Carlos P. Romulo
soon stood out as the most effective spokesman for the South Korean cause.[4] On behalf of the government, Romulo offered to send a Philippine military contingent to be under the overall command of General Douglas MacArthur, who had been named United Nations Supreme Commander for the punitive expedition. The Philippines, thus, became the first country to join the United States in the offer of military assistance to beleaguered South Korea.[4] President Quirino
Quirino
took the necessary steps to make the Philippine offer. On a purely voluntary basis, the first contingent – the Tenth Battalion Combat Team – was formed under Col. Azurin, and dispatched to Korea, where its members quickly won much renown for their military skill and bravery. The name of Captain Jose Artiaga, Jr., heroically killed in action, stands out as a symbol of our country's contribution to the cause of freedom outside native shores. Other Philippine Combat Teams successively replaced the first contingent sent, and they all built a name for discipline, tenacity, and courage, until the truce that brought the conflict to a halt.[4] Quirino-Foster Agreement[edit] By the time of the creation of the integrity board, moreover, the Bell Mission, led by Daniel W. Bell, an American banker, and composed of five members, with a staff of twenty workers, following their period of stay in the Philippines, beginning in July 1950, finally submitted its report on October of the same year.[4] The Report made several proposals, most noteworthy, of which were that the United States on, President Quirino
Quirino
gamely and patriotically,[4] took in the recommendations and sought to implement them. Thus in November 1950, President Quirino
Quirino
and William Chapman Foster, representing the United States Government, signed an agreement by virtue of which the former pledged to obtain the necessary Philippine legislation, in keeping with the Bell Mission Report, while envoy Foster promised the necessary by the same Report.[4] However, much as he tried to become a good president, Quirino
Quirino
failed to win the people's affection. Several factors caused the unpopularity of his administration, namely:[10]

Failure of government to check the Huk menace which made travel in the provinces unsafe, as evidenced by the killing of former First Lady Aurora Quezon
Aurora Quezon
and her companions on April 28, 1949 by the Huks on the Bongabong-Baler road, Baler, Tayabas (now part of Aurora province); Economic distress of the times, aggravated by rising unemployment rate, soaring prices of commodities, and unfavorable balance of trade.

Post-presidency and death[edit]

The former tomb of Elpidio Quirino
Quirino
at the Manila
Manila
South Cemetery

Following his failed bid for re-election, Quirino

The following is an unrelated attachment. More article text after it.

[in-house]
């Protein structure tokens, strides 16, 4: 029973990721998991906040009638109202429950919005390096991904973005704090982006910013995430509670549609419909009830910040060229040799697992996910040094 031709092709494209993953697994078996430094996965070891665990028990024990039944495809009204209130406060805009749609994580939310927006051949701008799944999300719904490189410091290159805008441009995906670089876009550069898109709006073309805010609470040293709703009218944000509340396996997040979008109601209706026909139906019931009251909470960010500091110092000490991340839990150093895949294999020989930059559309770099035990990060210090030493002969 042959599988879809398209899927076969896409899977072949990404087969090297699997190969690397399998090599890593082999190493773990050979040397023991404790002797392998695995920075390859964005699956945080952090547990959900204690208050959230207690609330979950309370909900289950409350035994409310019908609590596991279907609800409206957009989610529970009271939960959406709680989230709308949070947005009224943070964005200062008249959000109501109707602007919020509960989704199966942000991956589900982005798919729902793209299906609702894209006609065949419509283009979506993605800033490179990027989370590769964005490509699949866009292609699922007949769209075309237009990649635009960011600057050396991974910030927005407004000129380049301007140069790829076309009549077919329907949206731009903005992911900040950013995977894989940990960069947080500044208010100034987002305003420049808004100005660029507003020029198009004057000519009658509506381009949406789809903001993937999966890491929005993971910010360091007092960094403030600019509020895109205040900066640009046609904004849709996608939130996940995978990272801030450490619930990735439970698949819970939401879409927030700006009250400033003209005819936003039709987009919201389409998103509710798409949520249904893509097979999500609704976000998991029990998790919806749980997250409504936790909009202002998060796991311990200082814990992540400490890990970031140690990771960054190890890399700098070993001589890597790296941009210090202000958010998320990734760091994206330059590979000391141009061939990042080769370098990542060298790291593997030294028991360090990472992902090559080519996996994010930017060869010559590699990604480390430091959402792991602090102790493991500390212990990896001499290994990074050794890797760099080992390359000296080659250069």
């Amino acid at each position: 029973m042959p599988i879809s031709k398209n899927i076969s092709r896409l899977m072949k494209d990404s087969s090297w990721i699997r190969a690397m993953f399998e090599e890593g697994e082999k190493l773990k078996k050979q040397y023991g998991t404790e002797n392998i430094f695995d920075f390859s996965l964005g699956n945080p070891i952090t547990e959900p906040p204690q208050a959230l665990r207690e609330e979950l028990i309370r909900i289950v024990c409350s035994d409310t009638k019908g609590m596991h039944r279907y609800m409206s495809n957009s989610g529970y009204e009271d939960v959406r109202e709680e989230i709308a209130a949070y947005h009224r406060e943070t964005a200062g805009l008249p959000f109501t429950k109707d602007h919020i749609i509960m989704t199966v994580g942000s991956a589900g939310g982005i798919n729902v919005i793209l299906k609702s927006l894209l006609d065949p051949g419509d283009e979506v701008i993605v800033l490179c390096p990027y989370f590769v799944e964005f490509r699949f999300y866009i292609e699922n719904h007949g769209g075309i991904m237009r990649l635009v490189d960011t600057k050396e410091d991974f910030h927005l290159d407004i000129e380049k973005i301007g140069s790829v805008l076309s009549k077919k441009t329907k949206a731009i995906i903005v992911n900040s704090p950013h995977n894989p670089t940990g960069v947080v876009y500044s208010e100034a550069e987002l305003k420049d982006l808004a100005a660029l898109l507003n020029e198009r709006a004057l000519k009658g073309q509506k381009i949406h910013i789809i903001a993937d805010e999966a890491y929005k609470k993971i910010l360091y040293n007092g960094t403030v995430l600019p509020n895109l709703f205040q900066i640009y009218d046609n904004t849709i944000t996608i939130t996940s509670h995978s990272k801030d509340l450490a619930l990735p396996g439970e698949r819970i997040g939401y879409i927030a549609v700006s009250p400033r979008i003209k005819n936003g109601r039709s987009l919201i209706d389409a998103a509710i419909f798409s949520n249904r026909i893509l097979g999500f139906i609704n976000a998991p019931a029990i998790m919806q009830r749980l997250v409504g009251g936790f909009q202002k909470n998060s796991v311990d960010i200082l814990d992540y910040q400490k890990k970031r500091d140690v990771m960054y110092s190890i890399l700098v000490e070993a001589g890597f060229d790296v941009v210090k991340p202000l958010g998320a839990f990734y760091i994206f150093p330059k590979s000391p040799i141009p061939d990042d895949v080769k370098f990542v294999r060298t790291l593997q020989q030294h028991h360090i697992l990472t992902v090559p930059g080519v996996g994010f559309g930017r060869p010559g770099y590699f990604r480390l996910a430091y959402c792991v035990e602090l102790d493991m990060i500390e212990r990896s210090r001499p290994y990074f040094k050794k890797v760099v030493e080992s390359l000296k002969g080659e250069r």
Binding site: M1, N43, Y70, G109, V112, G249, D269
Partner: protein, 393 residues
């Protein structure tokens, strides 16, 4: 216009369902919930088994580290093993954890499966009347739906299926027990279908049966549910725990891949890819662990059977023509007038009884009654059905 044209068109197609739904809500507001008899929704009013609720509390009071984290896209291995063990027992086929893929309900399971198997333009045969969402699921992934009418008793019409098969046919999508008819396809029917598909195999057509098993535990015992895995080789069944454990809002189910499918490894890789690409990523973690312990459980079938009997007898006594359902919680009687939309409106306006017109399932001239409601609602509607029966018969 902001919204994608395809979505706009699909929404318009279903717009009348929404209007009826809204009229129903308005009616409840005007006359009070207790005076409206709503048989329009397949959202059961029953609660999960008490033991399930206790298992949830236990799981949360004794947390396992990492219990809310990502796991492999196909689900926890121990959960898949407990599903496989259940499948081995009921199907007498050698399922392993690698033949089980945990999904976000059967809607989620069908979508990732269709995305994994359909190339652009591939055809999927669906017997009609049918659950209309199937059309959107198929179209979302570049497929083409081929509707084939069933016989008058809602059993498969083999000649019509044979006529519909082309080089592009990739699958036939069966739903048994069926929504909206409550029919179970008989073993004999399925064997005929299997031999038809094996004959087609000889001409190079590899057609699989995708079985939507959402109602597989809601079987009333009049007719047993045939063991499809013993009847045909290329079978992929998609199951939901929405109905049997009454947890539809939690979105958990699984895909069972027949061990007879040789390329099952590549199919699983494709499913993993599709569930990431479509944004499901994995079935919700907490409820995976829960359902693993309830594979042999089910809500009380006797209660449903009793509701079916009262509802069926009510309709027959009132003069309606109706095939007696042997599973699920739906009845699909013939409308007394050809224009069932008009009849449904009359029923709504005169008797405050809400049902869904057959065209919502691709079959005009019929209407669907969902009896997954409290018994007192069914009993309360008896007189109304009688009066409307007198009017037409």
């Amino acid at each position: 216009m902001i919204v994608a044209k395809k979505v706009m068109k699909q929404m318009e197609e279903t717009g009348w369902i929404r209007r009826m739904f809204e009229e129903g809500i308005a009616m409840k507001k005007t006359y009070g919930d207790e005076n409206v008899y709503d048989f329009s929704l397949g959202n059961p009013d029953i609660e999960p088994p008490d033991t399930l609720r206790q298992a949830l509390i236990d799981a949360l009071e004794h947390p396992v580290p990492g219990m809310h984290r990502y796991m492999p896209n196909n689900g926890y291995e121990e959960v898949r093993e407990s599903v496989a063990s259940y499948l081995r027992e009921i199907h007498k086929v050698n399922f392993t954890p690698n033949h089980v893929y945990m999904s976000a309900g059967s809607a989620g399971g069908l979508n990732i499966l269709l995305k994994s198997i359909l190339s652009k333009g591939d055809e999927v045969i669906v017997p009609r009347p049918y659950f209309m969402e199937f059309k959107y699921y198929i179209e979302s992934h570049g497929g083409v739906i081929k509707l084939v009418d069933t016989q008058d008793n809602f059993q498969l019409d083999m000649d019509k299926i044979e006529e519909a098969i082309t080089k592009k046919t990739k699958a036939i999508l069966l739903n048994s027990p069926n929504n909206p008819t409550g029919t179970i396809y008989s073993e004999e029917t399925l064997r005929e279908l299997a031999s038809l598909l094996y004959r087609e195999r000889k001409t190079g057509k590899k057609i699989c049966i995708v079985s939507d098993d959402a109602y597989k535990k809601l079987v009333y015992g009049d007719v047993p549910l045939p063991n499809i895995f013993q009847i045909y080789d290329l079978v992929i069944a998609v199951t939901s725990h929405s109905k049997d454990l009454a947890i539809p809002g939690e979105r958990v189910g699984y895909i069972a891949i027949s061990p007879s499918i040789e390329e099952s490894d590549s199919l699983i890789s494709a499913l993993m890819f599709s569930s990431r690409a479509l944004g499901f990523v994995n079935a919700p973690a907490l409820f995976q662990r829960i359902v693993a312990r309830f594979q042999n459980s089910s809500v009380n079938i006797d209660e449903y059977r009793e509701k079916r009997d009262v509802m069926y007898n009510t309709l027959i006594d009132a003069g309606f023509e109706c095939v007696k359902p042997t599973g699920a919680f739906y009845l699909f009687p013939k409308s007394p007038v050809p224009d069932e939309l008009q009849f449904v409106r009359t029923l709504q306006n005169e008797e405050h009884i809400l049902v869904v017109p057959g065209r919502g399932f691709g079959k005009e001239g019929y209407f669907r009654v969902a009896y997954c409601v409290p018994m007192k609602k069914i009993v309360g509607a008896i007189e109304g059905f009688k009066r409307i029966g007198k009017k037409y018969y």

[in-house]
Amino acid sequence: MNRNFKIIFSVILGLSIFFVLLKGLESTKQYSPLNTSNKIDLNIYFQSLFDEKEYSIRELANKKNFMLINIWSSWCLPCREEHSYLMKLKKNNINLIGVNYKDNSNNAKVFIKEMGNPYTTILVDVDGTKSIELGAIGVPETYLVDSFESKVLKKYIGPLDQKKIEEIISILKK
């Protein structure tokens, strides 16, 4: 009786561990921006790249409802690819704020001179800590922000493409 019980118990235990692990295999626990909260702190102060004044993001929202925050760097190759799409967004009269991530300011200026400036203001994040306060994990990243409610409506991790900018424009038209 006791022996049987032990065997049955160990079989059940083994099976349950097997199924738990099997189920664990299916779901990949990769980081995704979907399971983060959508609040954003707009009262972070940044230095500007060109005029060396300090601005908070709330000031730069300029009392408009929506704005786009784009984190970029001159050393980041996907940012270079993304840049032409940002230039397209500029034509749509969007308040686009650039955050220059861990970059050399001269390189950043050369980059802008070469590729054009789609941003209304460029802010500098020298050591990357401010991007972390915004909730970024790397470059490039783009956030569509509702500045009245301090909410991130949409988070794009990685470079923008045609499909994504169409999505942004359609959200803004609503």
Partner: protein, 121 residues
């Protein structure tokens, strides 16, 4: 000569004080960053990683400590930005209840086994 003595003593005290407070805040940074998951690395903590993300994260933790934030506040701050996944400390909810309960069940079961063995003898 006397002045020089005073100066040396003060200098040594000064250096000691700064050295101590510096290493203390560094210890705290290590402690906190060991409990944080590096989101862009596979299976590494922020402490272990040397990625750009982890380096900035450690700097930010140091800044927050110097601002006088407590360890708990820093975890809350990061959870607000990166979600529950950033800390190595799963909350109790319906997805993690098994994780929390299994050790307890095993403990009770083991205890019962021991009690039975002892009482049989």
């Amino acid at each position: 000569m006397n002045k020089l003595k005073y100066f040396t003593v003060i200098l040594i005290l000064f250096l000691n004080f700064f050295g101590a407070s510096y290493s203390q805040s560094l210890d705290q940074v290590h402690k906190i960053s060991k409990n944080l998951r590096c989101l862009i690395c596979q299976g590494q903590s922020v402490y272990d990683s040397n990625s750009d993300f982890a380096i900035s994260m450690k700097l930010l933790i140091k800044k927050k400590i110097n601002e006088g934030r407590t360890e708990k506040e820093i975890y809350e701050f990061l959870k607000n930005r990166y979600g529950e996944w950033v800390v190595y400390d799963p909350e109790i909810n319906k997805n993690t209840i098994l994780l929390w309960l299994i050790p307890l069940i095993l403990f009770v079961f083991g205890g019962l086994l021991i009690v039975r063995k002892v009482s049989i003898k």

Quirino
retired from politics to private life in 1953. He offered his dedication to serve the Filipino people, becoming the "Father of Foreign Service" in the Republic of the Philippines. Quirino
Quirino
died of a heart attack during the leap year day of February 29, 1956. He was buried at Manila
Manila
South Cemetery in Makati. On February 29, 2016, his remains were relocated and reinterred at a special tomb site in the Heroes' Cemetery
Heroes' Cemetery
in Taguig, in time for the 60th death anniversary of his death.[11] Memorials[edit]

A memorial to Quirino
Quirino
in Hibiya Park, Tokyo, Japan

There are a number of memorials dedicated to Quirino. Quirino
Quirino
Avenue in Manila
Manila
is named for him, as is the LRT station located there. There is also a Quirino
Quirino
Grandstand
Grandstand
in Manila's Rizal Park. In 2016 a memorial to him was established in Hibiya Park, Tokyo, Japan.[12][13][14] Notes[edit]

^ Catholic Church, Conversion of St. Paul, the Apostle (Vigan, Ilocos Sur) (November 19, 1890). "Registros parroquiales, 1713-1994". Family Search. Retrieved October 29, 2016.  ^ Bunye, Ignacio R. (24 May 2015). "Bunye: Battles that changed the course of history (Epilogue)". Sun.Star. Retrieved 6 August 2017.  ^ Vanzi, Sol Jose (1 November 2003). "ABS-CBN's 50th Year Celebrates Philippine Television". The Philippine Star. Retrieved 6 August 2017.  ^ a b c d e f g h i j k l m n o p q r s t u v w x y z aa ab ac Molina, Antonio. The Philippines: Through the centuries. Manila: University of Sto. Tomas Cooperative, 1961. Print. ^ Lana's dirty secrets Philippine Center for Investigative Journalism Retrieved June 14, 2017 ^ Hedman, Eva-Lotta & Side, John Philippine Politics and Society in the Twentieth Century: Colonial Legacies Retrieved June 14, 2017 ^ Taylor, RH The Politics of Elections in Southeast Asia Retrieved June 14, 2017 ^ Department of Agrarian Reform (DAR) – Organizational Chart ^ "Elpidio Quirino". Retrieved 2009-08-09.  ^ Quoted from Zaide, Gregorio (1956). "25". Philippine Political and Cultural History: the Philippines
Philippines
since British Invasion. 2 (1957 Revised ed.). Manila, Philippines: McCullough Printing Company. p. 25.  ^ "Elpidio Quirino
Quirino
reinterred at Libingan ng mga Bayani after 60 years". GMA News. February 26, 2016. Retrieved February 26, 2016.  ^ Hibiya Park
Hibiya Park
plaque to honor late Filipino leader Quirino
Quirino
May 22, 2016 Japan Times
Japan Times
Retrieved June 14, 2017 ^ Japan honors former PH president Elpidio Quirino
Quirino
in Hibiya Park
Hibiya Park
June 14, 2016 Philippine Primer Retrieved June 14, 2017 ^ Kobayakawa, Yohei Philippine leader who forgave war criminals gets Tokyo memorial June 20, 2017 Asahi Shimbun
Asahi Shimbun
Retrieved June 14, 2017

References[edit]

Zaide, Gregorio (1956). Philippine Political and Cultural History: the Philippines
Philippines
since British Invasion (1957 Revised ed.). Manila, Philippines: McCullough Printing Company.  Zaide, Gregorio F. (1984). Philippine History and Government. National Bookstore Printing Press. 

External links[edit]